CAMP PENDLETON, Calif. – Marines, family and guests gathered for a ceremony to celebrate the activation of 1st Law Enforcement Battalion at Camp Pendleton, Calif., June 1.
The battalion already looks back on a rich history, which dates as far back as World War II and Vietnam as 1st Military Police Battalion.
The ceremony marked the beginning of a plan to raise two additional battalions across the Marine Corps to include II MEF in Camp Lejuene, N.C., and III MEF at Camp Hansen in Okinawa, Japan.
“I am humbled and privileged to be standing here as the first commanding officer of 1st Law Enforcement Battalion, but very much aware that this day is very much about more than any one man,” said Maj. Jan Durham, 1st LE Bn. commanding officer. “For the five months that I have been with the battalion as a CO, I have been amazed at what we have accomplished so far. I have been grateful for the hard work and dedication of the Marines.”
The Marines of 1st LE Bn. stand ready to carry out its mission to conduct operations in support of the Marine Air-Ground Task Force to enhance security and promote the rule of law. The battalion already has Marines forward deployed serving as military police advisors and trainers, but Durham ensured the capabilities of Marine Corps law enforcement extends far beyond its public image.
“Over the past 11 years of combat operations in Iraq and Afghanistan, some lessons learned painfully, there has been a growing appreciation and a demand for, on the part of the warfighter, the unique skills and capabilities that MPs bring to the fight,” Durham said. “We do enforce traffic laws and we do write reports and tickets, and that’s good, but we do so much more than that.”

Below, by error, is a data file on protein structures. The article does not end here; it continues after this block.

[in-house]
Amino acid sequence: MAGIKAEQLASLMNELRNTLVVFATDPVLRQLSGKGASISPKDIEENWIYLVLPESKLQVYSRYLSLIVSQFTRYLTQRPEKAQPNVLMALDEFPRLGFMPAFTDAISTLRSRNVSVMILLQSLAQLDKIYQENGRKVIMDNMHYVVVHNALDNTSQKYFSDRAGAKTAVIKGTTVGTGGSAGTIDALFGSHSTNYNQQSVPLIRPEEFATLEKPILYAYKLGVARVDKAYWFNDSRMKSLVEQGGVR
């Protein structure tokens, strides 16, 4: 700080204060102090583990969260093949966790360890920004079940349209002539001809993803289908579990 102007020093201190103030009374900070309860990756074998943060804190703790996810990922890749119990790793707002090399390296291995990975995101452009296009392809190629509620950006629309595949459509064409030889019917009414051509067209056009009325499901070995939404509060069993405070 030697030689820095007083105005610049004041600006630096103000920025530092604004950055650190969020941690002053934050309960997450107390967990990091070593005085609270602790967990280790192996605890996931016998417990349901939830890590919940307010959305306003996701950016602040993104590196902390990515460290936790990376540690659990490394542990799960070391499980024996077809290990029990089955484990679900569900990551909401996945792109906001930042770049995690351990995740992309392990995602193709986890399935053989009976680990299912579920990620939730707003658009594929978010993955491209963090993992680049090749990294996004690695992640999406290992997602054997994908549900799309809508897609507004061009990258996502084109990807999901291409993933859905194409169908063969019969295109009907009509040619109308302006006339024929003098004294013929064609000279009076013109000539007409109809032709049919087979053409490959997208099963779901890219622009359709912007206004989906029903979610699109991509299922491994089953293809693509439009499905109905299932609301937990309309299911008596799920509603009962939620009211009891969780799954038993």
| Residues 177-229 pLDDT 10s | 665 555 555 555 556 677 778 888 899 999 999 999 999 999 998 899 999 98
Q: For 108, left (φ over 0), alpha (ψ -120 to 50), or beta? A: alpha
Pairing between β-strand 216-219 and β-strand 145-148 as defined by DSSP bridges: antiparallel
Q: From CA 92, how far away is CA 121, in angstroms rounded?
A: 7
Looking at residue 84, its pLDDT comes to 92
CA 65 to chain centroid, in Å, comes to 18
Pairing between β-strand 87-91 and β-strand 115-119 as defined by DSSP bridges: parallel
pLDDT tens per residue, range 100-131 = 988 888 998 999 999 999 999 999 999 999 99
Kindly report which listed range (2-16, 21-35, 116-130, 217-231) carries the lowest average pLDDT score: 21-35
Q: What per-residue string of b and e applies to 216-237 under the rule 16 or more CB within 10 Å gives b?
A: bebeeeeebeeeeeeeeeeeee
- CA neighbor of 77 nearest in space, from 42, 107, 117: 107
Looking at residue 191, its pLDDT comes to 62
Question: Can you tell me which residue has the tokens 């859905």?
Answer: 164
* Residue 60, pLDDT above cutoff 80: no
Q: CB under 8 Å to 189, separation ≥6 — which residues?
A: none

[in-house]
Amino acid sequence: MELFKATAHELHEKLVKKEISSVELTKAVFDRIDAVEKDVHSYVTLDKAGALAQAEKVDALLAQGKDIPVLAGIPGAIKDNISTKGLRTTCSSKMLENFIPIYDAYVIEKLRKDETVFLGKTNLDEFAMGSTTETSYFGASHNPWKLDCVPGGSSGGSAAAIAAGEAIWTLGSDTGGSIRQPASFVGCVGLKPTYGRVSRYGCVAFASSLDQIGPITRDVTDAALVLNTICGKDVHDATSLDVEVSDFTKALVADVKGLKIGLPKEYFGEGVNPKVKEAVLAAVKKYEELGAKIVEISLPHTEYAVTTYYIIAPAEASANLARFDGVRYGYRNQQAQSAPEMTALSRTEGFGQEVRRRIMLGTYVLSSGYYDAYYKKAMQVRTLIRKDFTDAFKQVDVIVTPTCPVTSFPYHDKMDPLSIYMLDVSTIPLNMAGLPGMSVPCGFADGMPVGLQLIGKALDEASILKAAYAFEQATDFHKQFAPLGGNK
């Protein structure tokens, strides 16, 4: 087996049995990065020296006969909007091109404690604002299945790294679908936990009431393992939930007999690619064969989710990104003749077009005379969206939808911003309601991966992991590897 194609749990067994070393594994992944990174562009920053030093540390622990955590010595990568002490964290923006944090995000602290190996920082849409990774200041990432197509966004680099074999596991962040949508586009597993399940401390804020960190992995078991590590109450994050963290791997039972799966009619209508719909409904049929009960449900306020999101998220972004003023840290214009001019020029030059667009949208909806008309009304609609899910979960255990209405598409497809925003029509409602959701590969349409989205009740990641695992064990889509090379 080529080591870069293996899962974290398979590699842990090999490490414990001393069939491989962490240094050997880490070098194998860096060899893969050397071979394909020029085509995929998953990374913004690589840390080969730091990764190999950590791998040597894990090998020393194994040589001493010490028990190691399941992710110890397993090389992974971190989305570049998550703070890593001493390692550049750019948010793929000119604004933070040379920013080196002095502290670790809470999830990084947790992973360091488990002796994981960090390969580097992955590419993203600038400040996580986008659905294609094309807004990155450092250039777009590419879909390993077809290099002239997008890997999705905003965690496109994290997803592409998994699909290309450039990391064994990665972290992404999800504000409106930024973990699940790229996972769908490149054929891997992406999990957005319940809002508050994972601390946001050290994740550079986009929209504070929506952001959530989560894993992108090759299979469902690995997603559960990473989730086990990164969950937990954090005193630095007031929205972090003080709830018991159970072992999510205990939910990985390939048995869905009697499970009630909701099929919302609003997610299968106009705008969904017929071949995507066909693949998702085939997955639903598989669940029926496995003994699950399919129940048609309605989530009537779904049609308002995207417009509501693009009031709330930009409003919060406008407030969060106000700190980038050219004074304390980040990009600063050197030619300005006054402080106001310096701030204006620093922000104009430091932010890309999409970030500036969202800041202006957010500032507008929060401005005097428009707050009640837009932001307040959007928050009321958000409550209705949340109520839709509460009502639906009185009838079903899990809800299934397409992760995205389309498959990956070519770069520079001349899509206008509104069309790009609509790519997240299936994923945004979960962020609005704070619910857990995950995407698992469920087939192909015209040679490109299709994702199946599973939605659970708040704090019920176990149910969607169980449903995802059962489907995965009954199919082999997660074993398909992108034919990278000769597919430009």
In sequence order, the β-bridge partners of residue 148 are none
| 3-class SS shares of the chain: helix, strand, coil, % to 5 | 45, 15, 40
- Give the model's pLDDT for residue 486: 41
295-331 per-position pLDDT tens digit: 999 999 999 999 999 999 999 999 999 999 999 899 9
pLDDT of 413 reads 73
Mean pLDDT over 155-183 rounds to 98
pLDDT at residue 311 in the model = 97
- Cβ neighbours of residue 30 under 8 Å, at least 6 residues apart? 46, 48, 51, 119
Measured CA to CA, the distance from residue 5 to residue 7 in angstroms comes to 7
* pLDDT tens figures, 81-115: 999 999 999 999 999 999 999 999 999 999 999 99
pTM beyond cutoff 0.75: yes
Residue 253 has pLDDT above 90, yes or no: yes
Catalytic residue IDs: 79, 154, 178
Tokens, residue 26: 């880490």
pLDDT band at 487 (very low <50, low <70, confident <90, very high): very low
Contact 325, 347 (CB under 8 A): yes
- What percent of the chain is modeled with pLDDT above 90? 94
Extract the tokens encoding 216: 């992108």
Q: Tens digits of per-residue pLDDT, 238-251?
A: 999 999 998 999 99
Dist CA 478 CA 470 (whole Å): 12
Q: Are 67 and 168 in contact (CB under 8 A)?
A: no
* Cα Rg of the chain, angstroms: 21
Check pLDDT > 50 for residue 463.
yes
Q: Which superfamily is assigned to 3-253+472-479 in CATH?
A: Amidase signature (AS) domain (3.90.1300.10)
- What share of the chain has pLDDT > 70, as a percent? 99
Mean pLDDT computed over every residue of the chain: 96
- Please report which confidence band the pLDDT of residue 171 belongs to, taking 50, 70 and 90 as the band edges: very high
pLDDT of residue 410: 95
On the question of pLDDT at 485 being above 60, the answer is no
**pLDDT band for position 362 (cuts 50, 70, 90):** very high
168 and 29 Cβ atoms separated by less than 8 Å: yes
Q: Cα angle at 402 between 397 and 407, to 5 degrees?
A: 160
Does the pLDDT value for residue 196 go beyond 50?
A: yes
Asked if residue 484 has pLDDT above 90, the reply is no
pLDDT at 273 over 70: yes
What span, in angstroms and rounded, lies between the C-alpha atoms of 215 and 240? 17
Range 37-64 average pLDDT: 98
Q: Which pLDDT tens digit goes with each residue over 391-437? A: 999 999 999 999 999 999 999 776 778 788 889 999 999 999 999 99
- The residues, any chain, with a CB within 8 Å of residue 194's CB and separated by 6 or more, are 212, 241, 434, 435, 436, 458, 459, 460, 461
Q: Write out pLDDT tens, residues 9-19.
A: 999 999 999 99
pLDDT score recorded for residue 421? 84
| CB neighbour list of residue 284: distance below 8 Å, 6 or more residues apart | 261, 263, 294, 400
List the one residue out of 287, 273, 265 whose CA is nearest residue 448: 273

The broad capabilities of 1st LE Bn. are categorized into four essential tasks: to conduct law enforcement operations; policing operations; to provide police advising, training and partnering; and to conduct limited detainee and corrections operations.
“I would include battlefield forensics to help identify bomb-makers, as well as include biometrics identity operations, advising and training host nation security forces to bring their capabilities up to where they need to be,” said Durham. “I would include military working dog operations to not only find the roadside bombs, but to track down the bad guys who put them there. I would include criminal investigation support to host-nation prosecution of detainees, detainee operations, border operations, the list goes on.”
The battalion is gearing up to support the 1st Marine Expeditionary Brigade during Large Scale Exercise-1/Javelin Thrust 2012 in July. Javelin Thrust is an exercise with Marine Forces Reserve and 1st MEB elements in the desert training area of the MAGTF combat center in Twentynine Palms, Calif.
“We’re excited to get our Marines out there to participate in that and show what military police can do for the Marine Expeditionary Brigade,” said Capt. Anderson, 1st LE Bn. operations officer. “I absolutely hope that we continue to improve. I know that we have some good training out there already and as we bring everyone together, we can consolidate that and build up the strength of the Corps and set up the law enforcement Marines for success in the battlefield.”
There are currently nine military police line companies per major subordinate command. They are slated to deactivate as each of the battalions stand-up in the coming months.
“Much has been done,” Durham said. “Much remains to be done, but I am supremely confident in the abilities, the dedication and the work ethic of the Marines and sailors of 1st Law Enforcement Battalion.”